In his Republic, Plato examines how Democracy can lead to Tyranny in a republic. We explain Plato’s theory as it pertains to democracy and tyranny.
Liberalism is the ideology of liberty and equality, conservatism is the ideology of authority, hierarchy, tradition, and order.
Liberalism is a political philosophy based on the principles of liberty and equality that grew out of the Age of Enlightenment.
If you don’t want the King or Church taking your life, liberty, and property, if instead you believe you have “the right” of “consent”… you might be a liberal.
Likewise, conservatism is the opposition philosophy of liberalism. It is the check that balances liberalism.
both liberalism and conservatism come in classical and social forms and speak to issues of state, social issues, and economics. In terms of economics there are also classical and social forms of liberal and conservative economics.
There are a number of different forms of liberalism and conservatism which each denote differing ideologies, but they generally all share core principles (like all liberal ideologies share basic liberal and left-wing planks and all conservative ideologies generally share basic conservative and right-wing planks).
With the above said:
- Liberalism is generally understood as an ideology containing the principles of democracy, republicanism, separation of powers, popular sovereignty, free speech, free trade, freedom of religion, and other general ideologies that favor human rights and the liberties and the well being of individuals and groups.
- Conservatism is the ideology of governmental, cultural, and economic order, tradition, hierarchy, and authority that seeks to keep to the old ways and use authority to ensure order.
- Somewhat confusingly, in the social forms, social conservatism tends to want to conserve back to some classical liberal values and social liberalism tends to embrace the authority of the state to ensure social welfare. Thus their left-right ideologies are somewhat mixed in the social form.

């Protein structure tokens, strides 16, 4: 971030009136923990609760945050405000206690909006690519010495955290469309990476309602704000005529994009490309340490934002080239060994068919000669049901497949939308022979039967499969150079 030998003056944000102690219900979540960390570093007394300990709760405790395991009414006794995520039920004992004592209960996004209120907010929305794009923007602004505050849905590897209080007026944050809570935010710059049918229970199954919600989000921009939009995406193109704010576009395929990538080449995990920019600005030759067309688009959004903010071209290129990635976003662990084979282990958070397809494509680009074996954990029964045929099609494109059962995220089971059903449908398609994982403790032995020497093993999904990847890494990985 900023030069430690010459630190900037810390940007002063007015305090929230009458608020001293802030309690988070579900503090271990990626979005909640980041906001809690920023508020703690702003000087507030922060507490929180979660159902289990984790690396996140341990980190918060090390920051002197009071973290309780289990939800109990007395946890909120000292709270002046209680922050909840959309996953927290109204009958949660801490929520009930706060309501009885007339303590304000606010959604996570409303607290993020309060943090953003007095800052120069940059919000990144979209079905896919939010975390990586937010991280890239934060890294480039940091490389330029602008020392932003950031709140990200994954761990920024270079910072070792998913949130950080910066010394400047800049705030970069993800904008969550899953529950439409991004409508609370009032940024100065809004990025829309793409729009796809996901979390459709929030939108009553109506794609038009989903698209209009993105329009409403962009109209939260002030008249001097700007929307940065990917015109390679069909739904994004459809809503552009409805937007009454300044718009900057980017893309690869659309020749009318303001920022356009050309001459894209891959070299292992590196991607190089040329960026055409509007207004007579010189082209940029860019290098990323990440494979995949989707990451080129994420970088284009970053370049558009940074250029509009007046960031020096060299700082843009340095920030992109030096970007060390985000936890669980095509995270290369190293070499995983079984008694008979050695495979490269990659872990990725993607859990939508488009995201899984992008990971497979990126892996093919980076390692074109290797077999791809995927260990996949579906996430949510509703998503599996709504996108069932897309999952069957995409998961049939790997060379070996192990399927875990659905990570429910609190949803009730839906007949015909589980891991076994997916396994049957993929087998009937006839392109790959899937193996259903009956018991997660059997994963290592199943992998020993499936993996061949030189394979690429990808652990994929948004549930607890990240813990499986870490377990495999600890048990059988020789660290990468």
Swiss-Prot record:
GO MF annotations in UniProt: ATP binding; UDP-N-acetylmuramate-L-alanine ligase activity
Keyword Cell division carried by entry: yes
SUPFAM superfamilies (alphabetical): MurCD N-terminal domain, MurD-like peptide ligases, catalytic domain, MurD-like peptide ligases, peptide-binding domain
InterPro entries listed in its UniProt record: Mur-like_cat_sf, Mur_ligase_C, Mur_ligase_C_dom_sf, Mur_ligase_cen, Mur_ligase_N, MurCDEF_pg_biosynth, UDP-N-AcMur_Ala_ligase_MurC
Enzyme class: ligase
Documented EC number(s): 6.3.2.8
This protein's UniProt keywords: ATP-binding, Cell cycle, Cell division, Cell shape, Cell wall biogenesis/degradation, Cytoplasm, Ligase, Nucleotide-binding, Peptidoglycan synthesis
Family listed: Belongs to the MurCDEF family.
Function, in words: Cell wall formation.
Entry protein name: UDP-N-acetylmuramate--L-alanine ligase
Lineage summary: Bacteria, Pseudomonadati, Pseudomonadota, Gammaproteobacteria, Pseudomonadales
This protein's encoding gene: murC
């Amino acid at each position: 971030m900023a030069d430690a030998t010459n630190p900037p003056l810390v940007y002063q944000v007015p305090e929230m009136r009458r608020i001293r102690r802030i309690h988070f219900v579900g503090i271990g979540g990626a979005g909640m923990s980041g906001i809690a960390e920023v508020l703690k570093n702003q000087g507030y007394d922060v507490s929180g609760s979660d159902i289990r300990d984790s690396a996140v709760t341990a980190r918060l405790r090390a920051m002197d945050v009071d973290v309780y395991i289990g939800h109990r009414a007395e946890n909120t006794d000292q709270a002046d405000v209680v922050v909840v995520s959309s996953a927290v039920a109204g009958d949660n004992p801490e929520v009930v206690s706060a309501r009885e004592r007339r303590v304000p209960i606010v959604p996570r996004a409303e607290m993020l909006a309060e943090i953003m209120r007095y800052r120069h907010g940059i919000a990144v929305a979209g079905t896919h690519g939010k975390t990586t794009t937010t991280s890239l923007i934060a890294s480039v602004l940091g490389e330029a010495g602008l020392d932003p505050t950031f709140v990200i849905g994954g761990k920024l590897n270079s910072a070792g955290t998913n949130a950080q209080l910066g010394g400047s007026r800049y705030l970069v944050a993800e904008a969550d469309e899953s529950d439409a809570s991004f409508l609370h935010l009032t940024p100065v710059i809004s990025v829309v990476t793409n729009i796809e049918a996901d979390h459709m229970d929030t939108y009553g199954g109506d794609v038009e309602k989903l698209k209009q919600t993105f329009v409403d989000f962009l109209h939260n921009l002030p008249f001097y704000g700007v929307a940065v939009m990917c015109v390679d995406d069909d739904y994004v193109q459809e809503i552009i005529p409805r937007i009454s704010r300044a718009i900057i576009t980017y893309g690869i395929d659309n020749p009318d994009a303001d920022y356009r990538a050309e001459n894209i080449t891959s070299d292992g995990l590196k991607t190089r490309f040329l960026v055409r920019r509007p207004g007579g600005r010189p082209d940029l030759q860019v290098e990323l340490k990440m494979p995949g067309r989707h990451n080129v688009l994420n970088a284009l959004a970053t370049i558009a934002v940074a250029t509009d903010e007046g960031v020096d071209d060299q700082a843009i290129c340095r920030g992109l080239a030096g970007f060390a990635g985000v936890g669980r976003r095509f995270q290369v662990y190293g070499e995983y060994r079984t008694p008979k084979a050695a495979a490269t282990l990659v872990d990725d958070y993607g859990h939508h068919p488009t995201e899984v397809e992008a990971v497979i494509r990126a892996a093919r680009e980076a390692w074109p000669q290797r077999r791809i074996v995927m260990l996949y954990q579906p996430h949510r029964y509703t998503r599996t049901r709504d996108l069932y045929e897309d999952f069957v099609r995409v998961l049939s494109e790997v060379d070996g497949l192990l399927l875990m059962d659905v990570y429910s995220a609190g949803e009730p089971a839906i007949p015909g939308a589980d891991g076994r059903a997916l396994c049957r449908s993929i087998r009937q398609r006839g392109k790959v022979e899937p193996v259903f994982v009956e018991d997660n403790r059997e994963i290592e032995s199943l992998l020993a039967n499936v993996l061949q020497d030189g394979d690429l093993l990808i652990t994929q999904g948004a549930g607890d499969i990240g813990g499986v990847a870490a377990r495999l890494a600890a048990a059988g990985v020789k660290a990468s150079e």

The problem with unsubstantiated information is that it is unverified as true, and often leaked by sources with plausible deniability, which is confusing.
Thomas Jefferson is credited with having said, “equal rights for all, special privileges for none,” a slogan that other progressive Democrats like Williams Jennings Bryan embraced.
We explain the meaning of Democrat, Republican, Whig, Federalist, Anti-Federalist, Union, and Confederacy the political terms the major parties used for their party names.
We explain the different types of American progressivism from the founders, to the Reform movements, to Bryan and the Roosevelts, to the progressives and populists of today.
On this page we discuss the concepts of fairness, justice, morality, and ethics as they relate to Utilitarianism.
Reason is the application of “pure logic”, empirical evidence, experiment, and skepticism to find truths, facts, and theories (AKA “critical thinking”).
We present a simple guide to Marx, Marxian class theory, Marx’s theory of history, and Marx’s economic theories to help westerners understand what Marx was all about.
“Civil Religion” is the civic “religion” of a nation. It doesn’t describe the theological religion of a nation, but rather a quasi-religious shared identity built around national symbolism and customs.
Separation of Powers describes the way in which government is divided into different branches (ex. in the U.S., the legislative, executive, and judicial). Checks and balances describe the powers each branch has to “check” the other branches and ensure a balance of power.